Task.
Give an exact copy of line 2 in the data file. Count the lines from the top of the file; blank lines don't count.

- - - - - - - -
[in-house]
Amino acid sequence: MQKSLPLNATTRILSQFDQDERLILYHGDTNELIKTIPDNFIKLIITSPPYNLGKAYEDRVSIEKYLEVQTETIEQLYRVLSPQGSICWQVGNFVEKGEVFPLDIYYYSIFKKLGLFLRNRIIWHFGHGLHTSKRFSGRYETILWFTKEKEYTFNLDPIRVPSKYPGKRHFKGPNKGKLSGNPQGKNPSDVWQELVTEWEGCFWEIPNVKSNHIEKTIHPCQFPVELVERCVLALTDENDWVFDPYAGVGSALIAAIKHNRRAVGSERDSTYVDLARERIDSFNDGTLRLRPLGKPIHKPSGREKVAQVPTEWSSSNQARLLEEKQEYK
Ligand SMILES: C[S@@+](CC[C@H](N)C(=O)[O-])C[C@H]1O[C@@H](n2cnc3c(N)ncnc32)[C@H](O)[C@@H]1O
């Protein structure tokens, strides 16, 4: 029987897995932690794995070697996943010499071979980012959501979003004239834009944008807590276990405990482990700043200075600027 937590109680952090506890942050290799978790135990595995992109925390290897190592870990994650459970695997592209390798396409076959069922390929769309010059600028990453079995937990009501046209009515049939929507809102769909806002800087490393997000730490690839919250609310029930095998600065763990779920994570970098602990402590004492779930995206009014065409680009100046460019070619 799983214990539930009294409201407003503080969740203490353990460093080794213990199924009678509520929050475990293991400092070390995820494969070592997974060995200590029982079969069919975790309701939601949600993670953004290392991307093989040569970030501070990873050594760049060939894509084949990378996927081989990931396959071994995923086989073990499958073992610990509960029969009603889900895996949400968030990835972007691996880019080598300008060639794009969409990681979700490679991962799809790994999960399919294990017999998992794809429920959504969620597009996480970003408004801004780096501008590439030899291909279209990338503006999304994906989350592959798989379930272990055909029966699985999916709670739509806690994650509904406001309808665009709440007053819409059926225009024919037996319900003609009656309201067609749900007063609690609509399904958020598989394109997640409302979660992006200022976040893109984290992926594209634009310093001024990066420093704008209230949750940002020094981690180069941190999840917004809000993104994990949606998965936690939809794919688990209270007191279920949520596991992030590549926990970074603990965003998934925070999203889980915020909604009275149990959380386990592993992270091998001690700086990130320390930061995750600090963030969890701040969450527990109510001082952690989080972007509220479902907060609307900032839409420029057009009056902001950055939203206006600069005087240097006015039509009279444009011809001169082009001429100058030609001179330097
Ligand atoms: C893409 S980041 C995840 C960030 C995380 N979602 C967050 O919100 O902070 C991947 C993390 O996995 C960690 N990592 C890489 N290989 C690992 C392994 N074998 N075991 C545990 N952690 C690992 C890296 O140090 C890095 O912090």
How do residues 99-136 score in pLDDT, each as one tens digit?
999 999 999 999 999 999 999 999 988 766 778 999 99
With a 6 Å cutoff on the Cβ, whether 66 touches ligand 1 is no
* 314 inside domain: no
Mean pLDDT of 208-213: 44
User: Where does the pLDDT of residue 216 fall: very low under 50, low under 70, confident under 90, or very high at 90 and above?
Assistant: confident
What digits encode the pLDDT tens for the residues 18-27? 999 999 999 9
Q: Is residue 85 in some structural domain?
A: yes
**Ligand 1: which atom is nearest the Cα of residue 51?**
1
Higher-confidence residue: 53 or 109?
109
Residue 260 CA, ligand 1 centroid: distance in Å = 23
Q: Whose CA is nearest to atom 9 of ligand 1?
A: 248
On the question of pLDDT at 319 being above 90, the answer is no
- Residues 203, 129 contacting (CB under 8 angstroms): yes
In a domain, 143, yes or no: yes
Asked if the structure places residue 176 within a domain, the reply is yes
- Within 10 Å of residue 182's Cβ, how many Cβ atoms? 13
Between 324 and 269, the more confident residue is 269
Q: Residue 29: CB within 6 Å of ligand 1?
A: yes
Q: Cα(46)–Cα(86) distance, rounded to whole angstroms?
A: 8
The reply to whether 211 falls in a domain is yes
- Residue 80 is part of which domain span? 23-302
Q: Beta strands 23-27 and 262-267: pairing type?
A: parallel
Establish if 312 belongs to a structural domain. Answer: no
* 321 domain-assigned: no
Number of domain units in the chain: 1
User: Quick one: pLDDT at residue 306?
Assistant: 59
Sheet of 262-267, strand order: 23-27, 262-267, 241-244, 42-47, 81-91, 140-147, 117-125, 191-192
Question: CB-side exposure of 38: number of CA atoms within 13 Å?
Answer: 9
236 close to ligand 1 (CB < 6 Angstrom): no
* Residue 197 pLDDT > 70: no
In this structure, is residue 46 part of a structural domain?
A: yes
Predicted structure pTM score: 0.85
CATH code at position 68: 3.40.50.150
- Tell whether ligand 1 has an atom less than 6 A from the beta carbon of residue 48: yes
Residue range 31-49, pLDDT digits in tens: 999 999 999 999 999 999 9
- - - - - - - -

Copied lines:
Amino acid sequence: MQKSLPLNATTRILSQFDQDERLILYHGDTNELIKTIPDNFIKLIITSPPYNLGKAYEDRVSIEKYLEVQTETIEQLYRVLSPQGSICWQVGNFVEKGEVFPLDIYYYSIFKKLGLFLRNRIIWHFGHGLHTSKRFSGRYETILWFTKEKEYTFNLDPIRVPSKYPGKRHFKGPNKGKLSGNPQGKNPSDVWQELVTEWEGCFWEIPNVKSNHIEKTIHPCQFPVELVERCVLALTDENDWVFDPYAGVGSALIAAIKHNRRAVGSERDSTYVDLARERIDSFNDGTLRLRPLGKPIHKPSGREKVAQVPTEWSSSNQARLLEEKQEYK